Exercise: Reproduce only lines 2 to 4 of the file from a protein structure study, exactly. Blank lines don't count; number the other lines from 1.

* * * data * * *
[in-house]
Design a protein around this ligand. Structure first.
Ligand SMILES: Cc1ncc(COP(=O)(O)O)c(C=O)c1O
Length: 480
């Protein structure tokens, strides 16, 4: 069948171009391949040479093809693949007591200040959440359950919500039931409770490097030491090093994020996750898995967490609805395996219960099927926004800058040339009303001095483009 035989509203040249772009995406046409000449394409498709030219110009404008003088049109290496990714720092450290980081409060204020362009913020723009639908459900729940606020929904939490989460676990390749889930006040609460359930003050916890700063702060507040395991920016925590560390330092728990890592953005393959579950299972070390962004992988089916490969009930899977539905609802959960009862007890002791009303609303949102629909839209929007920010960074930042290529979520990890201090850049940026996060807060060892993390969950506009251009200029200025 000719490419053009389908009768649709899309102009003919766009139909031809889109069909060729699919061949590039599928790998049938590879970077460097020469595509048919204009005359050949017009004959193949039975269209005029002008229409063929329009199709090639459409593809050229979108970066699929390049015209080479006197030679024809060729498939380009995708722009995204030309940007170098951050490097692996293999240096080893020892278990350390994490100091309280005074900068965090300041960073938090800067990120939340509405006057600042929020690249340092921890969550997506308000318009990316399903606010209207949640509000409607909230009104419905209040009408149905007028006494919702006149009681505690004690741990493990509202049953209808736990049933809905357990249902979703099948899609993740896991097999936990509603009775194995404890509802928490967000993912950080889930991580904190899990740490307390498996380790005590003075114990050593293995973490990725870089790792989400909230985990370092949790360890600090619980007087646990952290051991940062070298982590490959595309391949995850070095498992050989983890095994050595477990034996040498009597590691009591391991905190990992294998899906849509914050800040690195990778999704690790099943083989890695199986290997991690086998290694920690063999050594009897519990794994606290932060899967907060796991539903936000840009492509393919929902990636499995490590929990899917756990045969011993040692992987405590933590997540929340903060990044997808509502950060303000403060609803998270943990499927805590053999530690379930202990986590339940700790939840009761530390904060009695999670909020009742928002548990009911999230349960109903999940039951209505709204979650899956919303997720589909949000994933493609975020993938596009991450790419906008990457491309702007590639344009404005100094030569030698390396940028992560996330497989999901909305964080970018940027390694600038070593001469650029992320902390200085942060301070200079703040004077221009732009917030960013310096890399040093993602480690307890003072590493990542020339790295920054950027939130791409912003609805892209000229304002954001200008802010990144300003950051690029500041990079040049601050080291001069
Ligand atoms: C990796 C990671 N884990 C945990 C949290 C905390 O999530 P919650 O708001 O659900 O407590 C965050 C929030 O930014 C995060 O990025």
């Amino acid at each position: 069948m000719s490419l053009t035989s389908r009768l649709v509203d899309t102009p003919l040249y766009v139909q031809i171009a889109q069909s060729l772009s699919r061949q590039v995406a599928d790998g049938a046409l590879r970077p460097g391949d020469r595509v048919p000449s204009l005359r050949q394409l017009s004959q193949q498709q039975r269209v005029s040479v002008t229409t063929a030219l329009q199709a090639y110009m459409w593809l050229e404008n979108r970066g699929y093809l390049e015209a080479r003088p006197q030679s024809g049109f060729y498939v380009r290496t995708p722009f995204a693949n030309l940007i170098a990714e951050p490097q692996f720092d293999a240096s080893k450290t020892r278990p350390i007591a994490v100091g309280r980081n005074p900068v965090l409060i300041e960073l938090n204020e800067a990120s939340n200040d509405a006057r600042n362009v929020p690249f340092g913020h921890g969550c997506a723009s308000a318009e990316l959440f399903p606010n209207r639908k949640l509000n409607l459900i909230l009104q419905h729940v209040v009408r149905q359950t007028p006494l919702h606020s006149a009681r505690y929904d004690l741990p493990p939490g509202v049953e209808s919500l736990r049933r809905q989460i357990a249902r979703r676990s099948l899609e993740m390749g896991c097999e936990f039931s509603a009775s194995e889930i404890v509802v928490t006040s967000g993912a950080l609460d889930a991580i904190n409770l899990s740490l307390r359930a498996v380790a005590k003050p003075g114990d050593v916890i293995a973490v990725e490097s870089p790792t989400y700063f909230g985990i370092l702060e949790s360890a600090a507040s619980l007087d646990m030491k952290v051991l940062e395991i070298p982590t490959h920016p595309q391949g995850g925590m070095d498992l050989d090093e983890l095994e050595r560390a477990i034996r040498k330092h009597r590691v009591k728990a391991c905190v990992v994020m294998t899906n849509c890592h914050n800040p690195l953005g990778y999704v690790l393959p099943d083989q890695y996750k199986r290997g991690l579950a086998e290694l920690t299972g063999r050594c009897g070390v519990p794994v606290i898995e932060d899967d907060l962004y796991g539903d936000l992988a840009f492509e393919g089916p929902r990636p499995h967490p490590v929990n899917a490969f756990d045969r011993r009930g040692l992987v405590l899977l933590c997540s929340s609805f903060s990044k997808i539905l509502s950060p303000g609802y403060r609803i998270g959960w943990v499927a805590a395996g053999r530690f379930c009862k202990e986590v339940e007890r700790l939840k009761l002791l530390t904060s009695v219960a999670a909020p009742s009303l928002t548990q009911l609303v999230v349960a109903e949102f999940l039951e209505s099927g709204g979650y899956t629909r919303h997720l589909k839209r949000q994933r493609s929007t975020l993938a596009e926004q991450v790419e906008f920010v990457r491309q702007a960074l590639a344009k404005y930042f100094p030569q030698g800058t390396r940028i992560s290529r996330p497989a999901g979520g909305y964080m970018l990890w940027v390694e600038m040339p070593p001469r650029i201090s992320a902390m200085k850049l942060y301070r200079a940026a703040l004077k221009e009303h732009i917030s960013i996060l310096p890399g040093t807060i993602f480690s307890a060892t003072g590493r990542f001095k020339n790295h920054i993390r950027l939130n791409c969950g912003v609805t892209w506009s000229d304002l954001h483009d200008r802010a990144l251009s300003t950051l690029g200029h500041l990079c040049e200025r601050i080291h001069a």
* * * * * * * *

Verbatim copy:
Design a protein around this ligand. Structure first.
Ligand SMILES: Cc1ncc(COP(=O)(O)O)c(C=O)c1O
Length: 480